A deliciously sweet, juicy and refreshing treat.
There are two main types of melon: watermelon and muskmelon. Watermelons have a green skin and mostly have red, or sometimes yellow, flesh. The flesh consists of 90% water and contains brown or black seeds that are evenly distributed throughout. Muskmelon seeds, on the other hand, can be found clustered all together in the centre.
Although muskmelons have a lower water content, they do have a higher fruit sugar content and therefore have quite a sweet flavour. The muskmelons include, for example, the galia melon, other varieties of netted melons and the honeydew melon. The popular charentais melon is a type of cantaloupe melon which also belong to the muskmelons. Depending on the variety, the muskmelons are a sweeter type of melon that usually has a yellow-white to deep orange coloured flesh with a skin that ranges in colour from dark green to pale yellow.
No matter which variety, all melons work excellently with various flavour combinations. They are not only delicious when eaten plain, but also when added to a cold salad or eaten alongside cheese and meat. Watermelons also taste particularly delicious when blended and added to fruit juices, smoothies or cocktails. Generally speaking, there are plenty of options for incorporating the melon into a menu.
|Calories||30-38 kcal per 100g|
|Nutrients||6.3-8g carbohydrate, 0.3-0.9g fibre, 0.1-0.3g fat, 0.5-0.7g protein|
|Season||May - September|
|Storage||store whole at room temperature; store cut pieces in refrigerator|
|Shelf life||3 weeks for a whole fruit; 3 days for refrigerated pieces|
The melon is supposed to have originated in Africa but it was already cultivated in Europe’s Mediterranean area during antiquity. The plant itself is an annual plant with a long stem that mostly grows close to the ground, but it can also grow upwards with the aid of a trellis. Melons like a warm climate and are therefore mostly cultivated in places like southern Europe, China, the US and South America.
Melons are also popular in Japan, where it is common to pay quite a bit of money for fruit that both looks and tastes good. Often given as a special gift, there is an exclusive Japanese-cultivated cross between a European and an American cantaloupe; at special auctions one can pay up to a couple of thousand Swiss Francs for the fruit!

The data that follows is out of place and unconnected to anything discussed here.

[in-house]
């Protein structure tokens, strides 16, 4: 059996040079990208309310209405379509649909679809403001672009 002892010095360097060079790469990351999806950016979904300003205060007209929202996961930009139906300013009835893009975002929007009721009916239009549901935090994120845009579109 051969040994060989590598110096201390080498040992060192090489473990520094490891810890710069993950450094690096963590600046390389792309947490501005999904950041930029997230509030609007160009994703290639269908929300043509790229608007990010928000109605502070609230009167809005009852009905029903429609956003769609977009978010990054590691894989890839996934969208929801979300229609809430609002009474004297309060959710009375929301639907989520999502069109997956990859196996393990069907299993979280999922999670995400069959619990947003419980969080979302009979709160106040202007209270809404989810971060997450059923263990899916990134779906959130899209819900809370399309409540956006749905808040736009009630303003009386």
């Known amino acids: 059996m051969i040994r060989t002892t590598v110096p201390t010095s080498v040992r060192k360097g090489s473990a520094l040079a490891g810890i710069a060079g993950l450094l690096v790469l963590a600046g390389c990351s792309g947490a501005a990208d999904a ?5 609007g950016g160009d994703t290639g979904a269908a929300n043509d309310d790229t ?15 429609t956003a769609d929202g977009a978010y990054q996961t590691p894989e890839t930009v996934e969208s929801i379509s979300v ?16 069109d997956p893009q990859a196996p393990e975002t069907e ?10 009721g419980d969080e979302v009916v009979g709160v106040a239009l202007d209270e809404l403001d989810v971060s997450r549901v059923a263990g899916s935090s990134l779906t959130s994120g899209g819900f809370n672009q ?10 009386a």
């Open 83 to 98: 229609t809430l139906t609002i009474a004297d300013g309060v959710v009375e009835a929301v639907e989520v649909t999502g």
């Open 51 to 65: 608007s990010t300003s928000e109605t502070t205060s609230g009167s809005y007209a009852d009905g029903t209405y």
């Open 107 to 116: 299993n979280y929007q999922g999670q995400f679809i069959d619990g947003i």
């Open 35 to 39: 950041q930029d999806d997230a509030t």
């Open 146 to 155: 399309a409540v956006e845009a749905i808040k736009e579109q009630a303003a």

There are more than 750 varieties of melon worldwide; a wide variety of muskmelons in particular can be easily found in the supermarket but are oftentimes difficult to distinguish.
The galia melon belongs to the netted melons. It is round and has a yellow skin with a white net-like coating. The flesh is white-yellow-green in colour and has a very sweet taste. It is easy to mistake the galia for the cantaloupe melon as the latter also has a netted exterior. The cantaloupe however has a green skin, a tighter net pattern and orange flesh. In addition to its sweet taste, this melon is also particularly juicy.
A popular variety of the cantaloupe melon is the charantais melon. It’s similar in appearance to the cantaloupe but has a smoother shell that is light green in colour and has a slightly darker net. It is smaller than the honeydew melon and has an especially intense flavour.
The honeydew melon has a fresh and sweet taste to it. It is oval in shape with a yellow, smooth skin and white flesh. The futoro melon is also longer in shape but has a dark green skin with yellow stripes and white-green flesh. It has a slightly different taste; it is not only aromatic and sweet, but also has a slight crunch to it.
It is not just the appearance and colour of the skin that determines how ripe a melon is; there are also a few tricks to it. Watermelons must be lifted and lightly knocked; it’s usually a good sign if it makes a dull sound and feels quite heavy. When it comes to muskmelons, it’s best to smell them and press them gently. If ripe, it should have a sweet smell and the shell should not be too firm to touch.
Much like apples and bananas, the melon never seems to go out of fashion and always seems to inspire chefs. Melon can be used in a variety of ways: as a starter in a Cervelat salad with ham; in a salad with asparagus, pine nuts and feta; grilled with curry powder alongside fish and bread; or pureed with vodka for the perfect summer drink.
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